cross of St. George with a green pine tree 
that you may have seen. Next time you 
do, give a nod to Al. 

Dick Urie has moved to Wakefield, 
RI with his new wife and can't quite get 
out of the clothing business. His newest 
efforts are called "Caerwy's, Ltd." which is 
from the Welsh that nobody can speak. 
The Brewsters know since we have just 
come back from the land of double d's and 
l's and don't know where we were. It was 
beautiful and fascinating, none the less. 

Walt McGill from whom you may 
have heard lately, reports his weight, 



taxes, happiness and handicap are up 
while his income, energy and endurance 
are down and he is doing great. 

Peter Morgan has quit the transcon- 
tinental treks by old car or bus and is stay- 
ing closer to home in the same activities. 
They have taken up cruising by water. I 
knew they would wise up sometime. They 
are enjoying life. 

Morgan Cooper has bitten the bullet 
and gotten on to one floor in Jamesville, 
NY and he doesn't miss the stairs. 

Keep the cards and letters coming. 
Now that our boat is on the hard, we have 
plenty of time to keep up with the '43 
branch of the Old Guard. 



1945 



1944 



Steven K. Kauffman 
137 ]efferson's Hundred 

Williamsburg, VA 23 1 85-89 JO 

(757) 220-9013 

merlin@widomaker. com 



John "Pinky" Whitney's greatest 
pleasure in 2001 was returning to the 
Academy to see his granddaughter, 
Catherine, graduate! This was something 
his parents were never able to do, due to 
WWII. He says, "there were only a few 
who didn't!" 

"Steve Kauffman say, "Since the 
lack of response to my witty (?), innova- 
tive letters addressed to my class-mates 
asking for news has produced such a 
remarkable lack of response, it is time for 
one of them to step forward and relieve 
the watch. Please accept my resignation as 
class secretary as of the time you have a 
committed replacement or July 1, 2002, 
whichever comes first. I wish the very best 
to my replacement and will send him my 
boring news for inclusion in each Archon. 
My two greatest pleasures this year are to 
get shuck of this job and to finish my job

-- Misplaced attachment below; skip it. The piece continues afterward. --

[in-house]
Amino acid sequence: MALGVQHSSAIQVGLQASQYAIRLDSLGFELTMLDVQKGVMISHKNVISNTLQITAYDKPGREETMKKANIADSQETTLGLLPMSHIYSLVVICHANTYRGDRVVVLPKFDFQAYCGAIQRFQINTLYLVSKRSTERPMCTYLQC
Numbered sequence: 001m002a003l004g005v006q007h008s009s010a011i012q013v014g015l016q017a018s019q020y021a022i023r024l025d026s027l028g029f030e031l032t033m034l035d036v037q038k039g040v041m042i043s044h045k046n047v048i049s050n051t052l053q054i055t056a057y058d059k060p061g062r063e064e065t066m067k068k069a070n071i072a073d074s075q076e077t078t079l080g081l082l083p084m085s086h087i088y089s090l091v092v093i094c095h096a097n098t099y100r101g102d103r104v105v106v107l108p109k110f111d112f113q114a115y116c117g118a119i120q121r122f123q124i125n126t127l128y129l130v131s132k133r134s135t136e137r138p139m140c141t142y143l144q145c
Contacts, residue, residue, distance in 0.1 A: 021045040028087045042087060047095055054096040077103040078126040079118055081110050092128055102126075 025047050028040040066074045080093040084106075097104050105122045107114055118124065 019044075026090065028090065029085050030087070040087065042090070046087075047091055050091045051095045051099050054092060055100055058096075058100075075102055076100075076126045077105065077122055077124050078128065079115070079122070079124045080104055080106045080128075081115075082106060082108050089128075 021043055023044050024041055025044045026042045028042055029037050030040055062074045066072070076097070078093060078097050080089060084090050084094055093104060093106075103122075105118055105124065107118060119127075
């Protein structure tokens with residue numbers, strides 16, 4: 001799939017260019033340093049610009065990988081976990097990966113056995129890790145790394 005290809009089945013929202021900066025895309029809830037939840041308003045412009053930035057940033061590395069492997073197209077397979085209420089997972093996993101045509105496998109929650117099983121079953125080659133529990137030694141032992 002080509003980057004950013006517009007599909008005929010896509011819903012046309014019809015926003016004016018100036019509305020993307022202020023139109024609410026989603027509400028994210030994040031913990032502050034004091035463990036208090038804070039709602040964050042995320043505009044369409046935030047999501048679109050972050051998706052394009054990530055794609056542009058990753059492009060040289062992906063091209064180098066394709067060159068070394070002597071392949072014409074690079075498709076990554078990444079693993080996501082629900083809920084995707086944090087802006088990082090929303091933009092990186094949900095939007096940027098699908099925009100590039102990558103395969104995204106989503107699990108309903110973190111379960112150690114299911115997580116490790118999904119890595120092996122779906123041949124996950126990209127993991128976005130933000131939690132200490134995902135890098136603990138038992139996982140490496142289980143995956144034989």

as project manager for design and con- 
struction of our church's parish hall." 



Richard A. Cousins 

71 Federal Street 

Newbury port, MA 01950 

(978) 462-4542 



Warren Furth writes, "I don't know 
whether I wrote you already that I have 
been elected Chair of American 
Democrats Abroad in Switzerland. The 
outpouring of expressions of sympathy 
from the Swiss people for families of the 
victims of the September 1 1 attacks and 
for Americans in general has been truly 
heartwarming." 

Lou Hamper's wife Jelane sent this 
note about Lou, "I am very sorry to let you 
know that Lou has suffered a stroke and is 
unable to talk or write. I want to add, 
however, that his spirits are good, he walks 
very well and we are enjoying three 
months during the winter in Florida. He 
has always held Governor Dummer close 
to his heart." 

Arch Kingsley reports, "Thoroughly 
enjoying life - don't feel a day over 95. 
Enjoy good health and am having a great 
time with a new trawler - Krogen 39 - 
'Rwetheryet.'" Arch, if I got the name 
wrong, I apologize. I had trouble reading 
it. 

Don Palais talked with Al Teel who 
is retiring from business in Reading, MA 
and will be moving to Maine. 



I946 



George E. Duffy 

2332 Chrysanthemum Street 

Tucson, AZ 85737 

(520) 825-4710 



Bob Hadley is closing out his min- 
istry career in Fitchburg, MA in prepara- 
tion for retirement in June 2002. "Bump" 
has four children and is especially proud of 
his three "beautiful granddaughters." 

I was saddened to receive a note 
from Harold Harrower's daughter, Sarah, 
saying that Harold died in Bridgewater, 
ME in May 2000. He left three children 
and three grandchildren. 



30 The Archon f Winter 2001-02 



Dick Walsh has retired after 40 years 
with Bell Telephone. The Walsh's live in 
East Greenwich, RI and winter in Florida 
at Singer Island. They have three sons 
(Jay was 74) and five grandchildren. 

At the time of the September 11 
attack and tragedy, I received a con- 
cerned, compassionate phone call from 
my old friend Miguel Ortega. He was call- 
ing from his home in Bogota and 
expressed concern for his classmates and 
friends in the U.S.. He sends his warmest 
greetings and can be reached at Calle 70, 
1093, Bogota, SA. 

I had a brief phone conversation a 
month or so ago with Dave Flavin. He 
lives in New Canaan, CT and promised a 
follow-up report. Where is it, Dave? 

Warren Hill remains my most loyal 
correspondent sending jokes and inspira- 
tion via email. He is still working and 
traveling. 

I also had an email from Brewster 
Hemenway right after September 11. I 
hope to hear from him and any of you who 
want to use email to correspond. 



1947 



Homer Ambrose 

5601 Seminary Road, #2205N 

Falls Church, VA 22041 

(703) 379-801 1 

hambrose@erols . com 



55th Class Reunion 

June 14, 15, 16 2002 



Ben Birdsall checked in with news 
of his Haverford College Award for 
Service to Humanity. The award supports 
and demonstrates the college's expressed 
concern for the application of knowledge 
to socially useful ends. Ben writes, "The 
award was in recognition of my efforts 
over the years to help establish an emer- 
gency homeless shelter in Haverhill, MA, 
as a 'Homeless Advocate,' and for work 
with substance abuse and mentally ill 
clients in the Merrimac Valley." 
Congratulations, Ben! The award was pre- 
sented at Ben's 50th reunion with the 




Ben Birdsall '47 

Haverford Class of '51. Ben also notes that 
he is not trying to keep up with Jack "Mr. 
Colby" Deering. Bravo Zulu 

Jack Deering checked in with news 
of the 50th Reunion at Colby. Along with 
Jack were Bill Bailey and Dan Hall. Bish 
Peale couldn't make the reunion, but told 
Jack he would be down Maine for a visit 
this fall. Jack further reported that he and 
Norm Brown were out on Sebago Lake in